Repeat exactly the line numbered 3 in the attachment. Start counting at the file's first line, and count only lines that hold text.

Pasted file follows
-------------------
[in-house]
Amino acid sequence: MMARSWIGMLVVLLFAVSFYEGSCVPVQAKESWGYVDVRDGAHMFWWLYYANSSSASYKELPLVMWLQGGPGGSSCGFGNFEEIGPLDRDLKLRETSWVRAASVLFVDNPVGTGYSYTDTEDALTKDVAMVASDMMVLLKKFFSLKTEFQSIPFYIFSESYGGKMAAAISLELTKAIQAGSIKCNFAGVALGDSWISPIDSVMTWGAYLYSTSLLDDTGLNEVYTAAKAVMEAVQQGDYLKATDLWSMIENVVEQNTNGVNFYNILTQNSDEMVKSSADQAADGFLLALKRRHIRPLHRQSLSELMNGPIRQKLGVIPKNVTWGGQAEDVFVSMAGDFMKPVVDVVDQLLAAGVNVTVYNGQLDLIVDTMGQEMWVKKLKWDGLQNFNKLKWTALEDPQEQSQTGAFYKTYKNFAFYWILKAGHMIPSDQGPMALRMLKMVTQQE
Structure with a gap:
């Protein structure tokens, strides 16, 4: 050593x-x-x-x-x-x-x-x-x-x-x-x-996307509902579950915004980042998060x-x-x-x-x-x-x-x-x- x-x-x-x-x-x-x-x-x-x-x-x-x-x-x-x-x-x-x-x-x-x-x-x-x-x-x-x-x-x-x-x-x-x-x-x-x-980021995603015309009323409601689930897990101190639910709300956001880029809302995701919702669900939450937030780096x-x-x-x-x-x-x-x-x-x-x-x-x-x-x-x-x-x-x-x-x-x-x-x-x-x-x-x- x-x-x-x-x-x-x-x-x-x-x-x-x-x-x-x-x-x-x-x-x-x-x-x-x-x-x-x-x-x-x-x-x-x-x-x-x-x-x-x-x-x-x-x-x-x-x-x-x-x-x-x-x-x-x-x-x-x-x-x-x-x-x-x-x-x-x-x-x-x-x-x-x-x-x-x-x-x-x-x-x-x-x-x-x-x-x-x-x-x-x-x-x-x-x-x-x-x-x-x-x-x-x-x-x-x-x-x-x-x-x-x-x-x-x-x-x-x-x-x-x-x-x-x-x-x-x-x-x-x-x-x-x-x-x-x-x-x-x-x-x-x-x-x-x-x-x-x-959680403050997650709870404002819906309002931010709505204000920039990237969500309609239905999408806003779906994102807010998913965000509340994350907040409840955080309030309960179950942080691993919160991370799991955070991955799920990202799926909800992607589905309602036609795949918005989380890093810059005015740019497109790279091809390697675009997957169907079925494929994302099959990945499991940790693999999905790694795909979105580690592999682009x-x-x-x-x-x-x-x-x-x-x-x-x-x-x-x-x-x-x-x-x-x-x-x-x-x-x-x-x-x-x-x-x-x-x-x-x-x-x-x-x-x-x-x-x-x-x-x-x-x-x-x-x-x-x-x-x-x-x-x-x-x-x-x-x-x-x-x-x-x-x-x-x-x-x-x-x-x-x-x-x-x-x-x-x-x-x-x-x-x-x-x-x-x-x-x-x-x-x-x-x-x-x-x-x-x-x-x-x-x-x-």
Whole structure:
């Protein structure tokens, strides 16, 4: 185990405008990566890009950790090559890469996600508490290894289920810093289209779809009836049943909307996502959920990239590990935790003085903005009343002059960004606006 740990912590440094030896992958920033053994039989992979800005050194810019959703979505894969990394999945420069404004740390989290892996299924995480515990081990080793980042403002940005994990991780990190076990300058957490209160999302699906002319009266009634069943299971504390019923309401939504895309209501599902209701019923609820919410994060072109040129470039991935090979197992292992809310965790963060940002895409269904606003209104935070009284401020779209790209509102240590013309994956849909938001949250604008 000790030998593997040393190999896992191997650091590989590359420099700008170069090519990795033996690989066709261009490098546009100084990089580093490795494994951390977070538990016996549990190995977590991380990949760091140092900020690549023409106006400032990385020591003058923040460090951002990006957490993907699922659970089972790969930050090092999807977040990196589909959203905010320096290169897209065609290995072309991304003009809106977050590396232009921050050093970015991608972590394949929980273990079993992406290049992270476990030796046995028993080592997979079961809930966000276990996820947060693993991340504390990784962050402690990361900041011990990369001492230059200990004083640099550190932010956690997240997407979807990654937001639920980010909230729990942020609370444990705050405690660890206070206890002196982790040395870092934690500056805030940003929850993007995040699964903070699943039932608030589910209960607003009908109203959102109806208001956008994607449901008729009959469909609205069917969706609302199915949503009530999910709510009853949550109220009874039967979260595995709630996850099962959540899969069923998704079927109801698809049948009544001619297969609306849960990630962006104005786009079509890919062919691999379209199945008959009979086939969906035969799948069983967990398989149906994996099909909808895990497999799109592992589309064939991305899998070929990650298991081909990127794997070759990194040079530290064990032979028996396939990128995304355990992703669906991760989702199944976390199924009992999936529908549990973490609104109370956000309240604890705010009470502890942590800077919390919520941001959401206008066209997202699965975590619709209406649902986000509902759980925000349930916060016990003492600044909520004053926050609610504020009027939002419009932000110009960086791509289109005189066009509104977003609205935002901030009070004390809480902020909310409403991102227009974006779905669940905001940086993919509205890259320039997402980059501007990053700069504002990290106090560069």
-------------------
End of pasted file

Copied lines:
Structure with a gap: